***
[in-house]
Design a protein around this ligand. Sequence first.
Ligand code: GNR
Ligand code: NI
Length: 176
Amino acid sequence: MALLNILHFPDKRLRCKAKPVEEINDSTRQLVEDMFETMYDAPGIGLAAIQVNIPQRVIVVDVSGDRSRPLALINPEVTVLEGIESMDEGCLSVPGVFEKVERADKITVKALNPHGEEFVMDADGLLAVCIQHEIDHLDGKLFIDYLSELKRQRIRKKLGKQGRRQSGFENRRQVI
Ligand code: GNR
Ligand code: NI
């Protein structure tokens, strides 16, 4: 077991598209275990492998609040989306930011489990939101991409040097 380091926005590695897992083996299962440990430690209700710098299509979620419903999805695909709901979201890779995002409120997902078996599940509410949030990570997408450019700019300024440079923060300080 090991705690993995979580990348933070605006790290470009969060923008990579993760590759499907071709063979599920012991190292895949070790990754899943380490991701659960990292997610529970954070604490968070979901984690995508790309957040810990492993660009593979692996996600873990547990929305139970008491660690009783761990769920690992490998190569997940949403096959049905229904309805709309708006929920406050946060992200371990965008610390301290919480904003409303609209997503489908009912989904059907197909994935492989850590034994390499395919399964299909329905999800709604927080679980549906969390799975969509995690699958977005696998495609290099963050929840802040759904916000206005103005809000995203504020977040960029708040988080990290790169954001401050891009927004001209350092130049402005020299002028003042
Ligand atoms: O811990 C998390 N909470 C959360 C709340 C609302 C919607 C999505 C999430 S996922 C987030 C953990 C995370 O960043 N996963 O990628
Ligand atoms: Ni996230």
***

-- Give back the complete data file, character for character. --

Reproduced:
[in-house]
Design a protein around this ligand. Sequence first.
Ligand code: GNR
Ligand code: NI
Length: 176
Amino acid sequence: MALLNILHFPDKRLRCKAKPVEEINDSTRQLVEDMFETMYDAPGIGLAAIQVNIPQRVIVVDVSGDRSRPLALINPEVTVLEGIESMDEGCLSVPGVFEKVERADKITVKALNPHGEEFVMDADGLLAVCIQHEIDHLDGKLFIDYLSELKRQRIRKKLGKQGRRQSGFENRRQVI
Ligand code: GNR
Ligand code: NI
């Protein structure tokens, strides 16, 4: 077991598209275990492998609040989306930011489990939101991409040097 380091926005590695897992083996299962440990430690209700710098299509979620419903999805695909709901979201890779995002409120997902078996599940509410949030990570997408450019700019300024440079923060300080 090991705690993995979580990348933070605006790290470009969060923008990579993760590759499907071709063979599920012991190292895949070790990754899943380490991701659960990292997610529970954070604490968070979901984690995508790309957040810990492993660009593979692996996600873990547990929305139970008491660690009783761990769920690992490998190569997940949403096959049905229904309805709309708006929920406050946060992200371990965008610390301290919480904003409303609209997503489908009912989904059907197909994935492989850590034994390499395919399964299909329905999800709604927080679980549906969390799975969509995690699958977005696998495609290099963050929840802040759904916000206005103005809000995203504020977040960029708040988080990290790169954001401050891009927004001209350092130049402005020299002028003042
Ligand atoms: O811990 C998390 N909470 C959360 C709340 C609302 C919607 C999505 C999430 S996922 C987030 C953990 C995370 O960043 N996963 O990628
Ligand atoms: Ni996230």